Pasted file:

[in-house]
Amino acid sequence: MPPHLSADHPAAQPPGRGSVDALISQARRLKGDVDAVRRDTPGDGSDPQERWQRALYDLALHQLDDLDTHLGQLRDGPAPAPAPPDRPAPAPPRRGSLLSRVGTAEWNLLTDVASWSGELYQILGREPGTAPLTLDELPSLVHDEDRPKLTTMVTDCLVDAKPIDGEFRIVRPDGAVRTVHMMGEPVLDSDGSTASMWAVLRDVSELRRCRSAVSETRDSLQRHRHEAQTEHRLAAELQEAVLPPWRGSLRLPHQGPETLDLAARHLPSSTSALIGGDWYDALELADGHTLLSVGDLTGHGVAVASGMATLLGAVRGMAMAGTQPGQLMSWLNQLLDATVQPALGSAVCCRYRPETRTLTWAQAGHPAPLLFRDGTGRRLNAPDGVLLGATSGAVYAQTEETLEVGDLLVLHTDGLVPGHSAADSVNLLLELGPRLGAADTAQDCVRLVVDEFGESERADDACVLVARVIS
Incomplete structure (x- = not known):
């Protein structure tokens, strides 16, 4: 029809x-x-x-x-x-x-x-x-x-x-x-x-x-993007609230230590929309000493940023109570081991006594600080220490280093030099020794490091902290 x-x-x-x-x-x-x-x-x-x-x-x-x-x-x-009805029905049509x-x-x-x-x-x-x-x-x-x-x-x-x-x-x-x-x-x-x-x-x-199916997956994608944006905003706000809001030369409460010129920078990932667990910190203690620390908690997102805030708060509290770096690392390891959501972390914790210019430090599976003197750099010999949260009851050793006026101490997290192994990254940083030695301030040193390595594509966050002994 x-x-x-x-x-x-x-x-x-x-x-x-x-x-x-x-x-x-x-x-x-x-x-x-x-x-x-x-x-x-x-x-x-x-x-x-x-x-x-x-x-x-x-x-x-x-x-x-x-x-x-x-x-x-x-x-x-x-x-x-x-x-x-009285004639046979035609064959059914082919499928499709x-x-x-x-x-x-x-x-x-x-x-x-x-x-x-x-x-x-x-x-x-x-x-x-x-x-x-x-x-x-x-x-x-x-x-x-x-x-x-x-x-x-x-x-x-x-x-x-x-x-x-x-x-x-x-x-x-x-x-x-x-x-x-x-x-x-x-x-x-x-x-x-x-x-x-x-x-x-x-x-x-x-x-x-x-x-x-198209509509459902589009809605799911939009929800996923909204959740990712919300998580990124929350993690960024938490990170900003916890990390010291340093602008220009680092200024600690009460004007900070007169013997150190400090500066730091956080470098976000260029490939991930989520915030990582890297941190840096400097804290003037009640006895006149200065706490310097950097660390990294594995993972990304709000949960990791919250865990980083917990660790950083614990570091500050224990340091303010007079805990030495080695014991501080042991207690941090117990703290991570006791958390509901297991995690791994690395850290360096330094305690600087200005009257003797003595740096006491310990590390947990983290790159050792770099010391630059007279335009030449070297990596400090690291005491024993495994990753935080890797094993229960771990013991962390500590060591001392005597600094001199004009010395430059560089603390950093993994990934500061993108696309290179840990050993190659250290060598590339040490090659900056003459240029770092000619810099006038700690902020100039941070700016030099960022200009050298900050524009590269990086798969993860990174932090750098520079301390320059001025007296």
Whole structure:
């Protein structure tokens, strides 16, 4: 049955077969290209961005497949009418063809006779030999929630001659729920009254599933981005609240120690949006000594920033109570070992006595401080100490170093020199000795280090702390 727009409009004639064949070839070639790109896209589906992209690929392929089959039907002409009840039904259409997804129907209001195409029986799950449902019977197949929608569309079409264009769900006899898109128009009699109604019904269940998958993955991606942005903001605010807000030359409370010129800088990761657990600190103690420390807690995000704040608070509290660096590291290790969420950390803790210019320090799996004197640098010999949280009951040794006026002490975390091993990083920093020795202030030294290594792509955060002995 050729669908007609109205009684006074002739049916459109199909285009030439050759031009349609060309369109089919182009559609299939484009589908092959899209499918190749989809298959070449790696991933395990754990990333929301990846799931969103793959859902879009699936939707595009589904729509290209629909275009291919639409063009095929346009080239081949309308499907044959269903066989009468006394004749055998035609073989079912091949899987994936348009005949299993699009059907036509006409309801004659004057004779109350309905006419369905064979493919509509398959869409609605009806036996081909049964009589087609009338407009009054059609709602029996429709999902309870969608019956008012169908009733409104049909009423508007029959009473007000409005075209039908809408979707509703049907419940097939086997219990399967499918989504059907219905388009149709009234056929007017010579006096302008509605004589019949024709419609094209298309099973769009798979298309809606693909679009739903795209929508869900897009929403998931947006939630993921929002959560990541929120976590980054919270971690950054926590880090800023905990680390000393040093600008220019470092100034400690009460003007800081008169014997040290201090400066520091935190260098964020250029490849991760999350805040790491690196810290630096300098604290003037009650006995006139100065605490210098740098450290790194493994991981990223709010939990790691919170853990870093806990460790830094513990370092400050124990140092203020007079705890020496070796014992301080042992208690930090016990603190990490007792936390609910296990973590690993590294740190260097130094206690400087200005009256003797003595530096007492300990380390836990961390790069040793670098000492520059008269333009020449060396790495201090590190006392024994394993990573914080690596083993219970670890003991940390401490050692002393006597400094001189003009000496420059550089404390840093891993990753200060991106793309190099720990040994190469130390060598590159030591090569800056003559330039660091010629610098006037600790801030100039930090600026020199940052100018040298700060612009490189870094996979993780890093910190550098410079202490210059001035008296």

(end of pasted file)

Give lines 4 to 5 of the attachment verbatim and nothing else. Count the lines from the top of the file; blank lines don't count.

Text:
């Protein structure tokens, strides 16, 4: 029809x-x-x-x-x-x-x-x-x-x-x-x-x-993007609230230590929309000493940023109570081991006594600080220490280093030099020794490091902290 x-x-x-x-x-x-x-x-x-x-x-x-x-x-x-009805029905049509x-x-x-x-x-x-x-x-x-x-x-x-x-x-x-x-x-x-x-x-x-199916997956994608944006905003706000809001030369409460010129920078990932667990910190203690620390908690997102805030708060509290770096690392390891959501972390914790210019430090599976003197750099010999949260009851050793006026101490997290192994990254940083030695301030040193390595594509966050002994 x-x-x-x-x-x-x-x-x-x-x-x-x-x-x-x-x-x-x-x-x-x-x-x-x-x-x-x-x-x-x-x-x-x-x-x-x-x-x-x-x-x-x-x-x-x-x-x-x-x-x-x-x-x-x-x-x-x-x-x-x-x-x-009285004639046979035609064959059914082919499928499709x-x-x-x-x-x-x-x-x-x-x-x-x-x-x-x-x-x-x-x-x-x-x-x-x-x-x-x-x-x-x-x-x-x-x-x-x-x-x-x-x-x-x-x-x-x-x-x-x-x-x-x-x-x-x-x-x-x-x-x-x-x-x-x-x-x-x-x-x-x-x-x-x-x-x-x-x-x-x-x-x-x-x-x-x-x-x-198209509509459902589009809605799911939009929800996923909204959740990712919300998580990124929350993690960024938490990170900003916890990390010291340093602008220009680092200024600690009460004007900070007169013997150190400090500066730091956080470098976000260029490939991930989520915030990582890297941190840096400097804290003037009640006895006149200065706490310097950097660390990294594995993972990304709000949960990791919250865990980083917990660790950083614990570091500050224990340091303010007079805990030495080695014991501080042991207690941090117990703290991570006791958390509901297991995690791994690395850290360096330094305690600087200005009257003797003595740096006491310990590390947990983290790159050792770099010391630059007279335009030449070297990596400090690291005491024993495994990753935080890797094993229960771990013991962390500590060591001392005597600094001199004009010395430059560089603390950093993994990934500061993108696309290179840990050993190659250290060598590339040490090659900056003459240029770092000619810099006038700690902020100039941070700016030099960022200009050298900050524009590269990086798969993860990174932090750098520079301390320059001025007296």
Whole structure: